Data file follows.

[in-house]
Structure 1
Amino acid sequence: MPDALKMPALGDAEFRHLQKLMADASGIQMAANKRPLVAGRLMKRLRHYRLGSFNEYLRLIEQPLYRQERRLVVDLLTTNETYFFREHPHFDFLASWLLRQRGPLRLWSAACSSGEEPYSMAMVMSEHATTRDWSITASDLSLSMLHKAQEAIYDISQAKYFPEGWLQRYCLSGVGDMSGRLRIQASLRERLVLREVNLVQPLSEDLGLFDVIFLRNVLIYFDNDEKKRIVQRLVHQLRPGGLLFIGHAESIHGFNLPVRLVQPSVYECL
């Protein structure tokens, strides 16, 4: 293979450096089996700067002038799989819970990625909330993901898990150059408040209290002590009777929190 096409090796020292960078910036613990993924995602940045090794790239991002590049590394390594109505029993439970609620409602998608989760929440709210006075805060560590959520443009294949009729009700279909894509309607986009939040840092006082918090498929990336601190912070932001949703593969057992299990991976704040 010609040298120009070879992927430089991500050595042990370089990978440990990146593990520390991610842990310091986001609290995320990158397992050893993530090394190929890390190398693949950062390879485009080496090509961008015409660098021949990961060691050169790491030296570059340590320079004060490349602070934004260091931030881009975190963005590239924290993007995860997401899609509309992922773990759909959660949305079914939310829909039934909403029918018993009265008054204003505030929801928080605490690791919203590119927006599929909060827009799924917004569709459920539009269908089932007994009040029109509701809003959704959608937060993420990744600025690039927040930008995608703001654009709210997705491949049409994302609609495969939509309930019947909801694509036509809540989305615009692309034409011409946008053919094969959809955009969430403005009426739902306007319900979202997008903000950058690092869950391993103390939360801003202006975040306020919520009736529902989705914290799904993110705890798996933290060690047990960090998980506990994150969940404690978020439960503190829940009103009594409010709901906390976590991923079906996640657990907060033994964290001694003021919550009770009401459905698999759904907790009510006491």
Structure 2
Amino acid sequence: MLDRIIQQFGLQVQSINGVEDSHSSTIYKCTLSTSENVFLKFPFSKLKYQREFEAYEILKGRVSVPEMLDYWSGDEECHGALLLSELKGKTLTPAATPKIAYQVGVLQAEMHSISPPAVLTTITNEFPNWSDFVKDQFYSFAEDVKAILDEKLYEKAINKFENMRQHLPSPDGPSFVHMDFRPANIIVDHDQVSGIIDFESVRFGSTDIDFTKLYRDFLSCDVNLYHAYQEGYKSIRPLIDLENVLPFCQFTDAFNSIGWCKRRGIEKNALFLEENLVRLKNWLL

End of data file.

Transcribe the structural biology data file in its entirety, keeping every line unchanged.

[in-house]
Structure 1
Amino acid sequence: MPDALKMPALGDAEFRHLQKLMADASGIQMAANKRPLVAGRLMKRLRHYRLGSFNEYLRLIEQPLYRQERRLVVDLLTTNETYFFREHPHFDFLASWLLRQRGPLRLWSAACSSGEEPYSMAMVMSEHATTRDWSITASDLSLSMLHKAQEAIYDISQAKYFPEGWLQRYCLSGVGDMSGRLRIQASLRERLVLREVNLVQPLSEDLGLFDVIFLRNVLIYFDNDEKKRIVQRLVHQLRPGGLLFIGHAESIHGFNLPVRLVQPSVYECL
């Protein structure tokens, strides 16, 4: 293979450096089996700067002038799989819970990625909330993901898990150059408040209290002590009777929190 096409090796020292960078910036613990993924995602940045090794790239991002590049590394390594109505029993439970609620409602998608989760929440709210006075805060560590959520443009294949009729009700279909894509309607986009939040840092006082918090498929990336601190912070932001949703593969057992299990991976704040 010609040298120009070879992927430089991500050595042990370089990978440990990146593990520390991610842990310091986001609290995320990158397992050893993530090394190929890390190398693949950062390879485009080496090509961008015409660098021949990961060691050169790491030296570059340590320079004060490349602070934004260091931030881009975190963005590239924290993007995860997401899609509309992922773990759909959660949305079914939310829909039934909403029918018993009265008054204003505030929801928080605490690791919203590119927006599929909060827009799924917004569709459920539009269908089932007994009040029109509701809003959704959608937060993420990744600025690039927040930008995608703001654009709210997705491949049409994302609609495969939509309930019947909801694509036509809540989305615009692309034409011409946008053919094969959809955009969430403005009426739902306007319900979202997008903000950058690092869950391993103390939360801003202006975040306020919520009736529902989705914290799904993110705890798996933290060690047990960090998980506990994150969940404690978020439960503190829940009103009594409010709901906390976590991923079906996640657990907060033994964290001694003021919550009770009401459905698999759904907790009510006491």
Structure 2
Amino acid sequence: MLDRIIQQFGLQVQSINGVEDSHSSTIYKCTLSTSENVFLKFPFSKLKYQREFEAYEILKGRVSVPEMLDYWSGDEECHGALLLSELKGKTLTPAATPKIAYQVGVLQAEMHSISPPAVLTTITNEFPNWSDFVKDQFYSFAEDVKAILDEKLYEKAINKFENMRQHLPSPDGPSFVHMDFRPANIIVDHDQVSGIIDFESVRFGSTDIDFTKLYRDFLSCDVNLYHAYQEGYKSIRPLIDLENVLPFCQFTDAFNSIGWCKRRGIEKNALFLEENLVRLKNWLL